Thermodynamics of RNA melting, one base pair at a time.
The melting of base pairs is a ubiquitous feature of RNA structural transitions, which are widely used to sense and respond to cellular stimuli. A recent study employing solution nuclear magnetic resonance (NMR) imino proton exchange spectroscopy provides a rare base-pair-specific view of duplex melting in the Salmonella FourU RNA thermosensor, which regulates gene expression in response to changes in temperature at the translational level by undergoing a melting transition. The authors observe "microscopic" enthalpy-entropy compensation--often seen "macroscopically" across a series of related molecular species--across base pairs within the same RNA. This yields variations in base-pair stabilities that are an order of magnitude smaller than corresponding variations in enthalpy and entropy. A surprising yet convincing link is established between the slopes of enthalpy-entropy correlations and RNA melting points determined by circular dichroism (CD), which argues that unfolding occurs when base-pair stabilities are equalized. A single AG-to-CG mutation, which enhances the macroscopic hairpin thermostability and folding cooperativity and renders the RNA thermometer inactive in vivo, spreads its effect microscopically throughout all base pairs in the RNA, including ones far removed from the site of mutation. The authors suggest that an extended network of hydration underlies this long-range communication. This study suggests that the deconstruction of macroscopic RNA unfolding in terms of microscopic unfolding events will require careful consideration of water interactions.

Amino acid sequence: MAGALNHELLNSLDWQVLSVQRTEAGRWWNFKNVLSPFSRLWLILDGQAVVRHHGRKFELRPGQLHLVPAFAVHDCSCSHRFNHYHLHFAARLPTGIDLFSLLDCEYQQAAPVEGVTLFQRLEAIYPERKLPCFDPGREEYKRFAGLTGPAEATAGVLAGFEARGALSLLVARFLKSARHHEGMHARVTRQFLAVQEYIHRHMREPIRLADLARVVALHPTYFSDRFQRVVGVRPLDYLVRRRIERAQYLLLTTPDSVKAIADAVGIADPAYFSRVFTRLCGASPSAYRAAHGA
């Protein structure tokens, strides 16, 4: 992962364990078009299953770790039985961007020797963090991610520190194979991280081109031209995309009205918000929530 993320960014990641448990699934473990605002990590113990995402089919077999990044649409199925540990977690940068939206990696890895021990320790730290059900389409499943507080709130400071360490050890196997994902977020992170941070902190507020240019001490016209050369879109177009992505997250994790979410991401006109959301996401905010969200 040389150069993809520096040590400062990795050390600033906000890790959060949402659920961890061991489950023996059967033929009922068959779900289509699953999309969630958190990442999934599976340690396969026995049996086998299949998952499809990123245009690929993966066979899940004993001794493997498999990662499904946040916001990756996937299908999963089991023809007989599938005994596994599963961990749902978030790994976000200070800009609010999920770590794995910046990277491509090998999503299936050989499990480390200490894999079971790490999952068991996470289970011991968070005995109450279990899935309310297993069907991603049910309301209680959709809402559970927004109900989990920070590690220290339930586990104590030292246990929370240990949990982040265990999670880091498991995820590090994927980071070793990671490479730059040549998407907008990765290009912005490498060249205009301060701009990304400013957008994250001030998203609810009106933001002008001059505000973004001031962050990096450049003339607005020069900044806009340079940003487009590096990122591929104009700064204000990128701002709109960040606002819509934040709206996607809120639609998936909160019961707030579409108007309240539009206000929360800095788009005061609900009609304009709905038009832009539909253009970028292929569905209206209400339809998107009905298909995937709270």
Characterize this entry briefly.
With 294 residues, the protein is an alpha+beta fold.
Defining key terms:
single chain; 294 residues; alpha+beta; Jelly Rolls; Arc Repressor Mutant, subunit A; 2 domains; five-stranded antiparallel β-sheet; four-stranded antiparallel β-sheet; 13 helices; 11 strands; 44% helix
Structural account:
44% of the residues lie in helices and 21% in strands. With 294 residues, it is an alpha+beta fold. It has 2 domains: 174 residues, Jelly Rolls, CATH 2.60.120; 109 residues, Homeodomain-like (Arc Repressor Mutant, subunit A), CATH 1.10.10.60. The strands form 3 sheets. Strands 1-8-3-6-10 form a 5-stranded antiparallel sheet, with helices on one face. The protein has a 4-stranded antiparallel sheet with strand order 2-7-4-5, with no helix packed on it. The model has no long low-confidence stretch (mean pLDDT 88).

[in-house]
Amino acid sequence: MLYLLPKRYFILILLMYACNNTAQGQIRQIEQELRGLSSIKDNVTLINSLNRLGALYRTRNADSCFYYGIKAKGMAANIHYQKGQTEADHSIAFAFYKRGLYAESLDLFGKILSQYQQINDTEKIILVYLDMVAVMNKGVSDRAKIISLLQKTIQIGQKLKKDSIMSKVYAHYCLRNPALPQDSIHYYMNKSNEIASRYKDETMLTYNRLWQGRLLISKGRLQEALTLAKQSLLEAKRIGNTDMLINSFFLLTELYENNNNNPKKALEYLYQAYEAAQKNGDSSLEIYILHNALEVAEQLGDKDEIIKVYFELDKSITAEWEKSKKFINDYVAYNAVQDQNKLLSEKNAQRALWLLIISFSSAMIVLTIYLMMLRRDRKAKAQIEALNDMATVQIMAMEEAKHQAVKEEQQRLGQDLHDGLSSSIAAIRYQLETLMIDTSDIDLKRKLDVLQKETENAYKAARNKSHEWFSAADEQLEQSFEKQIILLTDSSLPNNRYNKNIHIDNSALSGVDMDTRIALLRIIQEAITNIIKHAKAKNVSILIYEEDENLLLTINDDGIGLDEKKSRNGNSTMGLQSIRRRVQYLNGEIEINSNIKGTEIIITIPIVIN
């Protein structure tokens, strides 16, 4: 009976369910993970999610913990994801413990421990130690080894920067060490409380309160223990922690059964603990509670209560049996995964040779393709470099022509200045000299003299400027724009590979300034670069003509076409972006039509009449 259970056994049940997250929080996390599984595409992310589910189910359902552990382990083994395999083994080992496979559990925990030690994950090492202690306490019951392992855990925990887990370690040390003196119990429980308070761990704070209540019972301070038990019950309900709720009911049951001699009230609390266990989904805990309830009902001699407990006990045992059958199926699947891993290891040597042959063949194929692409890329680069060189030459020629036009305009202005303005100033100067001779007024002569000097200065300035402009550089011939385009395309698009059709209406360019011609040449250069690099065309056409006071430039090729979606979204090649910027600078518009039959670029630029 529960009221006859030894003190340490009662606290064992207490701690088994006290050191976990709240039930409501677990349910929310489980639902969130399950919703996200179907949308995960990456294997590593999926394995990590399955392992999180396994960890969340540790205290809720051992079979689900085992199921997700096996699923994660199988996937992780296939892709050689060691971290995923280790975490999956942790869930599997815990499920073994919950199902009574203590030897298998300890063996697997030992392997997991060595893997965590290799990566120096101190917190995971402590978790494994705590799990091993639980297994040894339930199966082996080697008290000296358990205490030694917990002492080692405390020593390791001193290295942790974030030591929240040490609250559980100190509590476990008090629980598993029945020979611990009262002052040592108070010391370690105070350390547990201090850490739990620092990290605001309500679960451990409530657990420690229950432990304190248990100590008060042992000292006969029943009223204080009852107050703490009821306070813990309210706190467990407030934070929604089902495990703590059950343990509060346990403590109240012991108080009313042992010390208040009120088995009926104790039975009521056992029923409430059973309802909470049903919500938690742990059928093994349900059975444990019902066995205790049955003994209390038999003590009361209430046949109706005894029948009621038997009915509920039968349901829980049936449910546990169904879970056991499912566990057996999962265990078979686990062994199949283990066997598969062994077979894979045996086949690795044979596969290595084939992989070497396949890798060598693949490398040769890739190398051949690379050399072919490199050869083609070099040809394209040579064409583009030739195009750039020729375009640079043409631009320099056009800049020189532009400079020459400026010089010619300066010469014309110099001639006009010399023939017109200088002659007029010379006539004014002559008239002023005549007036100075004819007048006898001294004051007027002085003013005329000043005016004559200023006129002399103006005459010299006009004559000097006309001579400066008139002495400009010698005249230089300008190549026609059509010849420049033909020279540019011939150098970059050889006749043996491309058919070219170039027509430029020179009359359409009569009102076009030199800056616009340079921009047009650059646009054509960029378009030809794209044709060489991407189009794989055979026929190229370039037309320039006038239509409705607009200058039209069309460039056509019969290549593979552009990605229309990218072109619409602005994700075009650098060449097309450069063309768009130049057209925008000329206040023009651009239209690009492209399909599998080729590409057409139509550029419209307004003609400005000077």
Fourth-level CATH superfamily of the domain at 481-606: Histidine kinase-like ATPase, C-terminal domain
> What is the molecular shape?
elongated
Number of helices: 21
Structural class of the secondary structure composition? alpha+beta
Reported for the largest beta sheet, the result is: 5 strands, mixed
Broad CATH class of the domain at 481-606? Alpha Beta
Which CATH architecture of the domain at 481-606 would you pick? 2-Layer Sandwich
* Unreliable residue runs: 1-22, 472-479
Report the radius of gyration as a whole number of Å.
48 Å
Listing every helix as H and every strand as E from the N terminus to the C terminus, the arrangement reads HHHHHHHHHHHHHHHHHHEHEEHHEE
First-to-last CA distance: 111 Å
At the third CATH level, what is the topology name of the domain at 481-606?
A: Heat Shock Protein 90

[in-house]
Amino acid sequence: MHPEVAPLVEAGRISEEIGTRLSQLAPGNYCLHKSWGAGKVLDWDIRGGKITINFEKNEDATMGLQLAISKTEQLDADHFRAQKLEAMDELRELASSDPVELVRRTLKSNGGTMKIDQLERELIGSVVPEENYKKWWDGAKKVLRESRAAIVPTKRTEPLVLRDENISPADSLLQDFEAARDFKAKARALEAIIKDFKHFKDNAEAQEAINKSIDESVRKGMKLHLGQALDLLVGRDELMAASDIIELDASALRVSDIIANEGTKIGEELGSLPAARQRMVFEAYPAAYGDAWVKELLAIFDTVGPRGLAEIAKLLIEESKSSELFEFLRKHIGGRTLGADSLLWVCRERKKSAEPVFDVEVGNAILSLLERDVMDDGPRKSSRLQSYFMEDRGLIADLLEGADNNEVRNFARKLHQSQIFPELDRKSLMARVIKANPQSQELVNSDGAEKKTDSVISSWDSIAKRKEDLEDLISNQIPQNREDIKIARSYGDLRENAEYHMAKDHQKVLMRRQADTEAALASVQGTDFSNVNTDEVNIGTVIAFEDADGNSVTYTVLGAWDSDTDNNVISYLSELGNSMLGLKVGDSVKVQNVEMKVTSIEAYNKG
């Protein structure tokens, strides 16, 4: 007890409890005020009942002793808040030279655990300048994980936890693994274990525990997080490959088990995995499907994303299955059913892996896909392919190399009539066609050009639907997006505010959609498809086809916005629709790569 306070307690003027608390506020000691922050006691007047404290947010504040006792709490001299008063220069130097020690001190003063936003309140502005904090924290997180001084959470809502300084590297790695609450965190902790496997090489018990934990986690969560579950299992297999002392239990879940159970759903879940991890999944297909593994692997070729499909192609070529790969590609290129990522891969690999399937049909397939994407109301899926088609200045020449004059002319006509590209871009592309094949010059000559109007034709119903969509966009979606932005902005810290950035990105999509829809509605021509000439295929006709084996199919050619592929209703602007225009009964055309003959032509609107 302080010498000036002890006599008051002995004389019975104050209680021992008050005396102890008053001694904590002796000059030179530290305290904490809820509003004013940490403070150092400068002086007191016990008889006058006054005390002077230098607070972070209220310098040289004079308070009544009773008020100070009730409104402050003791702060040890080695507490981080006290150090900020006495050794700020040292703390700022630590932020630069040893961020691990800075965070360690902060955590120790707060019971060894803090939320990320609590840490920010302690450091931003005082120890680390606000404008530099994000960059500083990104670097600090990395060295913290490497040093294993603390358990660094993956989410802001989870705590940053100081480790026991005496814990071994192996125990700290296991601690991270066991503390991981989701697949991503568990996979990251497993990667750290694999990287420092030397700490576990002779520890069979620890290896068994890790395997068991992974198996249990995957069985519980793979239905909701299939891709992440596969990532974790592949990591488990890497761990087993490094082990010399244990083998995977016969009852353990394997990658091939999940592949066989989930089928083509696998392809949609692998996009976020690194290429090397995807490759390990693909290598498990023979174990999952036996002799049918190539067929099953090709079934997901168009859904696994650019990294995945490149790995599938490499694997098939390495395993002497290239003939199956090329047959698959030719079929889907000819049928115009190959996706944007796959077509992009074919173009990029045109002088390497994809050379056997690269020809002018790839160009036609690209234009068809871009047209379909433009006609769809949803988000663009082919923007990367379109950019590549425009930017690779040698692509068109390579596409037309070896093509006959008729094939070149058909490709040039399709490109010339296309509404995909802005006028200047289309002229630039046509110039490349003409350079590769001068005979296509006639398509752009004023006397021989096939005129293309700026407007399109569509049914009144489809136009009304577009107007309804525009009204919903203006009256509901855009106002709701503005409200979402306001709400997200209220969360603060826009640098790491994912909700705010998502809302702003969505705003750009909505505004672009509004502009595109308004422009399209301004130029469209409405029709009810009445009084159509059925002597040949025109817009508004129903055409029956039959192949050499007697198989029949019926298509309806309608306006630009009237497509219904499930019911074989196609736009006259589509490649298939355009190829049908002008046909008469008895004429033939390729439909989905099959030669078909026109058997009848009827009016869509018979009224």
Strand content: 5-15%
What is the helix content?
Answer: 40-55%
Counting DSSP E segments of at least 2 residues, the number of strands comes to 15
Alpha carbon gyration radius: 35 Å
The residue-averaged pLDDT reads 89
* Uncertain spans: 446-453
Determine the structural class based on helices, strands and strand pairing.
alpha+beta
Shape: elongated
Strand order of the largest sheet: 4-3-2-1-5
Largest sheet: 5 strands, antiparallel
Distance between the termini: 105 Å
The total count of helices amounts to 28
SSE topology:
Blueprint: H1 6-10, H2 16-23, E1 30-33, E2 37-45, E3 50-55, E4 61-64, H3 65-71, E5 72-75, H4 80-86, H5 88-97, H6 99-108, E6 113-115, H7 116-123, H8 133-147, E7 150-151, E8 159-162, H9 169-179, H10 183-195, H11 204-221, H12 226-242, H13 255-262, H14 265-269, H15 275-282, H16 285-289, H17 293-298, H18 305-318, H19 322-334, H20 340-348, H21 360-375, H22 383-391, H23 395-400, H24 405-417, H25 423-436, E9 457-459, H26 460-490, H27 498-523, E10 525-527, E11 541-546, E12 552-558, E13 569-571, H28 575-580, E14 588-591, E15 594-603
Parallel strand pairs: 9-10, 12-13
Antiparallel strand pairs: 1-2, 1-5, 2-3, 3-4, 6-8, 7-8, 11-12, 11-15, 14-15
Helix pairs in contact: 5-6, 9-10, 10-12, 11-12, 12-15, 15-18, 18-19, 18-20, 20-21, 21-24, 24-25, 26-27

Nikolova, EN; Al-Hashimi, HM
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